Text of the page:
The people of Yemen need our help, too. First, the US must stop arming its enemies


The United Nations’ goal was to raise more than $4.2 billion for the people of war-torn Yemen by March 15. But when that deadline rolled around, just $1.3 billion had come in.

“I am deeply disappointed,” said Jan Egeland, the secretary general of the Norwegian Refugee Council. “The people of Yemen need the same level of support and solidarity that we’ve seen for the people of Ukraine. The crisis in Europe will already impact Yemenis’ access to food and fuel, making an dire situation even worse.”

With Yemen importing more than 35% of its wheat from Russia and Ukraine, disruption to wheat supplies will cause soaring increases in the price of food.

“Since the onset of the Ukraine conflict, we have seen the prices of food skyrocket by more than 150%,” said Basheer Al Selwi, a spokesperson for the International Commission of the Red Cross in Yemen. “Millions of Yemeni families don’t know how to get their next meal.”

The ghastly blockade and bombardment of Yemen, led by Saudi Arabia and the United Arab Emirates, is now entering its eighth year. Last fall, the United Nations estimated that the Yemen death toll would top 377,000 people by the end of 2021.

The United States continues to supply spare parts for Saudi/UAE coalition war planes, along with maintenance and a steady flow of armaments. Without this support, the Saudis couldn’t continue their murderous aerial attacks.

Yet, tragically, instead of condemning atrocities committed by the Saudi/UAE invasion, bombing and blockade of Yemen, the United States is cozying up to these countries’ leaders. As sanctions against Russia global oil sales, the United States is entering talks to become increasingly reliant on Saudi and UAE oil production. And Saudi Arabia and the UAE don’t want to increase their oil production without a US agreement to help them increase their attacks against Yemen.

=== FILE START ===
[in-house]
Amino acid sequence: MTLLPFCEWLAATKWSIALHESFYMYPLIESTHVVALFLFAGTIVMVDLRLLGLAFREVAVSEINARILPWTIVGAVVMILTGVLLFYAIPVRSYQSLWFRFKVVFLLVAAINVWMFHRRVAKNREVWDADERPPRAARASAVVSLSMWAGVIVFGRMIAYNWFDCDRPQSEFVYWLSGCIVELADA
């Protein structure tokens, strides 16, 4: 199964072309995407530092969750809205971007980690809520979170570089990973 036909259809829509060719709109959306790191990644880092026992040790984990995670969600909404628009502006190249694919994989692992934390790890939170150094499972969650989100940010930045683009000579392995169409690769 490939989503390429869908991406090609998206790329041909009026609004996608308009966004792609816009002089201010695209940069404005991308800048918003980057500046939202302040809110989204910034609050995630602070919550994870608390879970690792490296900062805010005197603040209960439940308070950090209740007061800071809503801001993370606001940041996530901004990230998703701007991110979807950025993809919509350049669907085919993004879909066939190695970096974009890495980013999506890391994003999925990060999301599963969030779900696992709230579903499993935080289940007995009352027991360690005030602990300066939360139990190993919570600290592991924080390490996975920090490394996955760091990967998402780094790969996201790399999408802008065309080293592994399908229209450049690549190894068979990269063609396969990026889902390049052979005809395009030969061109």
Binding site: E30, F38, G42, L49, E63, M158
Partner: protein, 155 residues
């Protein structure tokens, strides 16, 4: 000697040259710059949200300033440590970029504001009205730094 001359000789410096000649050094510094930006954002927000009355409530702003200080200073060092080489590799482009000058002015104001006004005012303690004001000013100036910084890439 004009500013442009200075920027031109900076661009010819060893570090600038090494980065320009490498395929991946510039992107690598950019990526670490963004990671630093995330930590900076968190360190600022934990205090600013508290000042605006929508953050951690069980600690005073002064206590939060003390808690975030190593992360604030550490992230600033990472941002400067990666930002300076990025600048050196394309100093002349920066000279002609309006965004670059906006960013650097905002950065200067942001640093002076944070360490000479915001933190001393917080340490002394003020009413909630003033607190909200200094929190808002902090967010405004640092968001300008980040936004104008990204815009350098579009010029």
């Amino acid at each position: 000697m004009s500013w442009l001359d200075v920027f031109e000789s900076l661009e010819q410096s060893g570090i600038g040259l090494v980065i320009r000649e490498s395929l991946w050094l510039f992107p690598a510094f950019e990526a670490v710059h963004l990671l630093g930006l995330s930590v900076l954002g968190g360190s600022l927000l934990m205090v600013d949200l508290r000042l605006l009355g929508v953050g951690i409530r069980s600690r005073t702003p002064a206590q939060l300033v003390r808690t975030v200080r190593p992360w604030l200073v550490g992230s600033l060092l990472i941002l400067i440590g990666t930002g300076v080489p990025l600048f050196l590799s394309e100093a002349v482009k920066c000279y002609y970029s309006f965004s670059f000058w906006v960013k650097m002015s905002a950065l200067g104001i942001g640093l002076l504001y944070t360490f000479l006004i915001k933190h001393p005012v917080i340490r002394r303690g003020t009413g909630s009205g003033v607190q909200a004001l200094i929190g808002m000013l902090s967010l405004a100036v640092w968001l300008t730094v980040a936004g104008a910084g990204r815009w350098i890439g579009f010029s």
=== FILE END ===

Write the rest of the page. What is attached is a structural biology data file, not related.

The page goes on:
Human-rights groups have decried the Saudi/UAE-led coalition for bombing roadways, fisheries, sewage and sanitation facilities, weddings, funerals and even a children’s school bus. In a recent attack, the Saudis killed 60 African migrants held in a detention center in Saada.

The Saudi blockade of Yemen has choked off essential imports needed for daily life, forcing the Yemeni people to depend on relief groups for survival.

There is another way.

US Reps. Pramila Jayapal of Washington and Peter De Fazio of Oregon, both Democrats, are seeking cosponsors for the Yemen War Powers Resolution. It demands that Congress cut military support for the Saudi/UAE-led coalition’s war against Yemen.

The Saudis have long insisted on a deeply flawed UN resolution that calls on the Houthi fighters to disarm, but never even mentions the US-backed Saudi/UAE coalition as being among the warring parties.

The Houthis say they will come to the negotiating table, but cannot rely on the Saudis as mediators. This seems reasonable, given Saudi Arabia’s vengeful treatment of Yemenis.

The people of the United States have the right to insist that US foreign policy be predicated on respect for human rights, equitable sharing of resources and an earnest commitment to end all wars. We should urge Congress to use the leverage it has for preventing continued aerial bombardment of Yemen and sponsor Jayapal’s and De Fazio’s forthcoming resolution.

We can also summon the humility and courage to acknowledge US attacks against Yemeni civilians, make reparations and repair the dreadful systems undergirding our unbridled militarism.

Kathy Kelly, a peace activist and author, co-coordinates the Ban Killer Drones campaign. She is president of World Beyond War’s board of directors.

© 2022 Tribune Content Agency

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